Chinese exports have seen a further decline in July, adding to concerns over the global economic outlook. Exports fell by 4.4% compared to a year earlier, which was a slight improvement over June's 4.8% drop but still worse than analysts had been expecting. And imports were also weaker than estimated, down by 12.5%.
Shares on Wall Street finished with their biggest rise in four years ending another rocky day of trading on global markets. The mood was lifted by comments from US Federal Reserve official William Dudley that a rate rise in September seemed less compelling.
Chinese shares continued their sharp fall on Monday as concerns over the country's slowing growth and volatile markets sparked panic among traders. The mainland benchmark index, the Shanghai Composite, fell sharply by 8.4% to 3,211.75 points, extending last week's losses.
Chinese shares rose on Friday as the central bank set the reference rate for the Yuan slightly stronger. The bank set the rate at 6.3975 per dollar compared to Thursday's close of 6.3982.
Chinese shares were lower on Wednesday as its central bank again devalued the yuan, following Tuesday's record cut. The People's Bank of China fixed the daily guiding rate for the currency down 1.6% to 6.3306 against the dollar.
China's central bank announced Sunday it would cut interest rates by 25 basis points as authorities seek to boost the flagging economy following a raft of data indicating a slowdown. The benchmark one-year lending rate would be reduced to 5.1% and the deposit rate to 2.25% from Monday, the People's Bank of China (PBoC) said on its website.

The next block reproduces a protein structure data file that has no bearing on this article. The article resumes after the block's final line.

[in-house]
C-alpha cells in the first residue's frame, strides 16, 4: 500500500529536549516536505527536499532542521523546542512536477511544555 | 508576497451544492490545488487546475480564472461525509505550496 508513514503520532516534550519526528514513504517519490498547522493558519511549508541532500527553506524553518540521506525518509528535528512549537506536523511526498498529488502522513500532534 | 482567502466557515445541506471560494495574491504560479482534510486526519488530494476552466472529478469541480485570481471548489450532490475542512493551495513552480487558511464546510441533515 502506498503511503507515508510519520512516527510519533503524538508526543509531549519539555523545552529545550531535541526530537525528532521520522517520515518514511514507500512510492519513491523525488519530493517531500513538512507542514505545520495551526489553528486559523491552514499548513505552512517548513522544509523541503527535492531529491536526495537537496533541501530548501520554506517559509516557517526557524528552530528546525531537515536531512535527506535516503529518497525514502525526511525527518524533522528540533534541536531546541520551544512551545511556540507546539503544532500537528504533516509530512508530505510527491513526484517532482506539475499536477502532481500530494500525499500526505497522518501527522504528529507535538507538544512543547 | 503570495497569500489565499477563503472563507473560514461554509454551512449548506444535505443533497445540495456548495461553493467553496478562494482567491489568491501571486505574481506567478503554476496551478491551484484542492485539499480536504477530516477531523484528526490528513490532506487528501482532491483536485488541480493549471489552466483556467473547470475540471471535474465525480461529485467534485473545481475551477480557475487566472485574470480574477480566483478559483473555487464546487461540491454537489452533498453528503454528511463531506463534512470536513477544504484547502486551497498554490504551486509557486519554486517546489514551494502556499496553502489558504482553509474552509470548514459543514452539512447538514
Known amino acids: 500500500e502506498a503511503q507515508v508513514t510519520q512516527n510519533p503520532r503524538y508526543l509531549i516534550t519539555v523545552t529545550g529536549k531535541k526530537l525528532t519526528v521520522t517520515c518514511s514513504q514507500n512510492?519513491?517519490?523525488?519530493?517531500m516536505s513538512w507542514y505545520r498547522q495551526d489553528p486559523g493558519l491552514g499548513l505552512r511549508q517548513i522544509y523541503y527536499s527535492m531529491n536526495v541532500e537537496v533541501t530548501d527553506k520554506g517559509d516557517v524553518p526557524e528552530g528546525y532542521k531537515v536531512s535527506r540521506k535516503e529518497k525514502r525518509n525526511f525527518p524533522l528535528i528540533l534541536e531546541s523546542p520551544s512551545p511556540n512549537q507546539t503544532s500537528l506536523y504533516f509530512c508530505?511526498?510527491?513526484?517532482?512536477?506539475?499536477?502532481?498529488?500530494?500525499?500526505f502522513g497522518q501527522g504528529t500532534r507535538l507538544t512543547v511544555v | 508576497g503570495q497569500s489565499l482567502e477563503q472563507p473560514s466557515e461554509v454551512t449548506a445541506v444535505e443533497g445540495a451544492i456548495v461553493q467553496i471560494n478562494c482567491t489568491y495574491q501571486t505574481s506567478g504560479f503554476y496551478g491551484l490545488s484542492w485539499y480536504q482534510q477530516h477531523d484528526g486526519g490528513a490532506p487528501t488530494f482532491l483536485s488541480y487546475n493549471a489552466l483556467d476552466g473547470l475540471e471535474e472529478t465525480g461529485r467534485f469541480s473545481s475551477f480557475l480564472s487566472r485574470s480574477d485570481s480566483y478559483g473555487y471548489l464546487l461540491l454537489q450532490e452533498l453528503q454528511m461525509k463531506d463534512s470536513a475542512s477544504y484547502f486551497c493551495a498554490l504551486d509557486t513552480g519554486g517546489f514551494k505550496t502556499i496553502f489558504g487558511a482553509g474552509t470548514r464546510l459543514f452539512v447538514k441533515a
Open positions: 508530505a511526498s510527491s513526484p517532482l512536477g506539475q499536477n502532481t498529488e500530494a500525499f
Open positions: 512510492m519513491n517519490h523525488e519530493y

China's factory activity slowed by more than expected in November, highlighting how a cooling economy is impacting its vast manufacturing sector. The official purchasing managers' index (PMI) dipped to 50.3 in November from October's 50.8, closer to the 50 point mark that separates growth from contraction. It was below the 50.6 level expected by economists.
China's inflation rate remained subdued in January, despite rising food prices during the New Year celebrations. Consumer prices held steady at 2.5% from a year earlier, which was slightly higher than many economists expected.
China's economic growth slowed in the April to June period, the second straight quarter of weaker expansion. The world's second biggest economy grew by 7.5% compared to the previous year, down from 7.7% in the January to March period, data showed. The figures were in line with analyst expectations.
China has warned of a grim outlook for trade as the world's second-largest economy surprised financial markets by reporting a fall in exports and imports when both had been expected to rise. The June data showed that exports fell 3.1% from a year earlier and imports dropped 0.7%, according to customs officials.